Did you know?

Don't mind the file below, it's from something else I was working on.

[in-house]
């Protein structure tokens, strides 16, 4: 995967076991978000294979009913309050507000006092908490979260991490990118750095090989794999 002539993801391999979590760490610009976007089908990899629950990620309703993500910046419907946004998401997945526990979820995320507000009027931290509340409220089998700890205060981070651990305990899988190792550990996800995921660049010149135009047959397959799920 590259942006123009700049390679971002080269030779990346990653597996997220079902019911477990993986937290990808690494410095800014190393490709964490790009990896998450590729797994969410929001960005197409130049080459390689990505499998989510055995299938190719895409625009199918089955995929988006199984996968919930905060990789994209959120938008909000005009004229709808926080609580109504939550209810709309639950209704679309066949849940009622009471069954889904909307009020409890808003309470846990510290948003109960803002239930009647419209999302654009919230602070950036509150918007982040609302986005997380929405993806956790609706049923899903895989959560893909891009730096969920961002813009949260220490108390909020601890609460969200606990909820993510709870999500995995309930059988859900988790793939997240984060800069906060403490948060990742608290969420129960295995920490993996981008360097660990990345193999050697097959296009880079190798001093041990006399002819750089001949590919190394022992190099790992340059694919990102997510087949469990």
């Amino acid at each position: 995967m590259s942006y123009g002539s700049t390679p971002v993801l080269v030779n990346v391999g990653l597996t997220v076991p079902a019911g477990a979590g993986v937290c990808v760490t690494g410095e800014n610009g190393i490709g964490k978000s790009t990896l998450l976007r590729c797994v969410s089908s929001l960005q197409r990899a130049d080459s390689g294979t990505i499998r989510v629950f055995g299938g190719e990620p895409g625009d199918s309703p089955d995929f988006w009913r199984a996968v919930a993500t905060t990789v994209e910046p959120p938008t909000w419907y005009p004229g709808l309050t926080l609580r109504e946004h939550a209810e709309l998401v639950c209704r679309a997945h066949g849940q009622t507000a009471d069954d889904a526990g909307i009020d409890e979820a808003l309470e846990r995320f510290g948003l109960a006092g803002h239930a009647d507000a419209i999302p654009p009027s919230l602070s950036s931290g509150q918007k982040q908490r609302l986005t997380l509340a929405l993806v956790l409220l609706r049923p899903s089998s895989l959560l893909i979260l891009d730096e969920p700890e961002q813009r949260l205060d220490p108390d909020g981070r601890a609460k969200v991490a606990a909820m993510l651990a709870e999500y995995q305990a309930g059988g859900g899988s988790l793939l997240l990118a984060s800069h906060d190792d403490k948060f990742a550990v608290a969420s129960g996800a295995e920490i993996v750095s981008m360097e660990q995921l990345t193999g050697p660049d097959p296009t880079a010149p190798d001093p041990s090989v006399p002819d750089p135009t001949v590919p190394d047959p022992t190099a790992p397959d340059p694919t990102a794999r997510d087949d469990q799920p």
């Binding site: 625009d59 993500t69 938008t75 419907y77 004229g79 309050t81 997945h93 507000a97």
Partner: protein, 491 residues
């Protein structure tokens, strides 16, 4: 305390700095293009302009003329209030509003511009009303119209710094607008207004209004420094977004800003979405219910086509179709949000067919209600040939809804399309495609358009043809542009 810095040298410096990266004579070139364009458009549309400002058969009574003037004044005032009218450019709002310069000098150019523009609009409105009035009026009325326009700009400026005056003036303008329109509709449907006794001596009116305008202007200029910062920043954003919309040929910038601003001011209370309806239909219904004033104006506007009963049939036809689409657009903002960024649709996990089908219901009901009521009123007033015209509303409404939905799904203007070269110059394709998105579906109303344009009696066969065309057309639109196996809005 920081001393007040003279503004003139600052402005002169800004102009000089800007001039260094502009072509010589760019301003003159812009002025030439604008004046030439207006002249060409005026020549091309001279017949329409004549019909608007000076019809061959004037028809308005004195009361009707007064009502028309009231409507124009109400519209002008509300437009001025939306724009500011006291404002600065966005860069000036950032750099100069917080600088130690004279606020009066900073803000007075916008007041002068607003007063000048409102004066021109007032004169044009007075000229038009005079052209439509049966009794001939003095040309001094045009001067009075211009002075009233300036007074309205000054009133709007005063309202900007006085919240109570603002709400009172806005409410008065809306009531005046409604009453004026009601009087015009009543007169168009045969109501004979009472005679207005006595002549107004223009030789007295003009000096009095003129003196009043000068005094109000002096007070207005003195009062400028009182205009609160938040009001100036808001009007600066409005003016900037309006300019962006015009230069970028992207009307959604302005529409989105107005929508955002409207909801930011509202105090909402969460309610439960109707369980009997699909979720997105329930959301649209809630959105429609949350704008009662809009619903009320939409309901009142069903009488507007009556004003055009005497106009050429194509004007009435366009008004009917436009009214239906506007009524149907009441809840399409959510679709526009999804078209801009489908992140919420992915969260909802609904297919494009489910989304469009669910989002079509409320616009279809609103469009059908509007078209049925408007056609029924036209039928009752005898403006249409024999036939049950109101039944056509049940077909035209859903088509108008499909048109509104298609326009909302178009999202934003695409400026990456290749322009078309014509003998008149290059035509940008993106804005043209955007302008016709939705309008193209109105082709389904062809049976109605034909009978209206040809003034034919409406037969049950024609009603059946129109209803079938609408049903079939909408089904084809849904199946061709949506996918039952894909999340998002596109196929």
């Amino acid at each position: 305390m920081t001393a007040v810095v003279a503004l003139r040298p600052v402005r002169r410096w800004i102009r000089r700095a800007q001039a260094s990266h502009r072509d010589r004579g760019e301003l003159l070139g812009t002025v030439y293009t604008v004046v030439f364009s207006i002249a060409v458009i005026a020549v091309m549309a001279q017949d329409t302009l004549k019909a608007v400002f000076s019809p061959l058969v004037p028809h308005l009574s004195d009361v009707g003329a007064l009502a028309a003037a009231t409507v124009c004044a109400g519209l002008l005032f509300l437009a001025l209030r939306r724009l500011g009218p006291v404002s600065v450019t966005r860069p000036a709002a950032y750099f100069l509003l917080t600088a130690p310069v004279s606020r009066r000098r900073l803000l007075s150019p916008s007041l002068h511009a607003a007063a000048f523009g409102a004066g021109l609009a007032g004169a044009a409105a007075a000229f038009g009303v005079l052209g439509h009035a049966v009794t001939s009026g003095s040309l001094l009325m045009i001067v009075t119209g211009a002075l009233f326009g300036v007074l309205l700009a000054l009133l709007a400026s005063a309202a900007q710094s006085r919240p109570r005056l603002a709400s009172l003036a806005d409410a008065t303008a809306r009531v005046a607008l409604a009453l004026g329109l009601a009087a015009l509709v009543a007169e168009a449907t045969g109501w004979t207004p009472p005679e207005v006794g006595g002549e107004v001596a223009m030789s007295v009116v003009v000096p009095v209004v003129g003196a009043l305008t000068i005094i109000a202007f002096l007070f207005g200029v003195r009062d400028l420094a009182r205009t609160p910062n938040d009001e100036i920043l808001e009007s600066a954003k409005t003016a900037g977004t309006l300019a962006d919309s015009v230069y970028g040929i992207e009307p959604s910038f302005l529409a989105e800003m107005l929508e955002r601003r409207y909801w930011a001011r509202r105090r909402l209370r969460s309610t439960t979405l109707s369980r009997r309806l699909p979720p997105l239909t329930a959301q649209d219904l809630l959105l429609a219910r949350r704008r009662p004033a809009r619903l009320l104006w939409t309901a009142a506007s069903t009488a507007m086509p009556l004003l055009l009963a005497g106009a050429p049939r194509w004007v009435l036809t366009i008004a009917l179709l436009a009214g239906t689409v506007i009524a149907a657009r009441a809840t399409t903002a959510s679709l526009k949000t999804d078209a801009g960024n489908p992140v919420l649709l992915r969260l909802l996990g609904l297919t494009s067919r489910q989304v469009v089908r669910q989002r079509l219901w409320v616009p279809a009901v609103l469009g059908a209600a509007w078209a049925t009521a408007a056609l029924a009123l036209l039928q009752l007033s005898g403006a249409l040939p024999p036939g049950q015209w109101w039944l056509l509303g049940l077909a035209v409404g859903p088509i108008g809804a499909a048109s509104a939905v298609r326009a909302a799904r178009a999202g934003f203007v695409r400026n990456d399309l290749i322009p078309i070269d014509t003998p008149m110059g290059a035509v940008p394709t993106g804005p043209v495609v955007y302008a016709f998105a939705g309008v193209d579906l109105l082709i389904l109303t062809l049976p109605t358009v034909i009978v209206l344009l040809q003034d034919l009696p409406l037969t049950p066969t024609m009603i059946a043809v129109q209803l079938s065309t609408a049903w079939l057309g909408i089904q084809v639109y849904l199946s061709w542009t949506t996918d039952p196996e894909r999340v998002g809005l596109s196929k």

According to the World Health Organization, one in every three cancers diagnosed is a skin cancer. As troubling as that may seem, it might not give the full picture as to the prevalence of skin cancer. The American Institute for Cancer Research notes that estimating skin cancer incidence is uniquely challenging because of the sheer volume of sub-types of skin cancer. The AICR says that non-melanoma skin cancer is often not tracked by cancer registries, and even when it is, many registrations are incomplete because most cases of non-melanoma skin cancer are successfully treated. So skin cancer might be even more prevalent today than statistics indicate, and the WHO notes it may only become more so in coming decades due to ozone depletion. As ozone levels are depleted, the atmosphere loses more and more of its protective filter. That loss means more solar radiation will reach the Earth’s surface, leading to a spike in skin cancer rates. In fact, the WHO estimates that a 10 percent decrease in ozone levels could result in 300,000 additional cases of non-melanoma skin cancers and 4,500 more cases of melanoma skin cancers. The good news is that scientists with NASA recently documented direct proof that the Antarctic ozone is recovering, a recovery that scientists credit to the 1987 landmark agreement known as the Montreal Protocol on Substances That Deplete the Ozone Layer. That agreement, which was ratified by 197 United Nations member countries, led to the phasing out of substances linked to ozone depletion.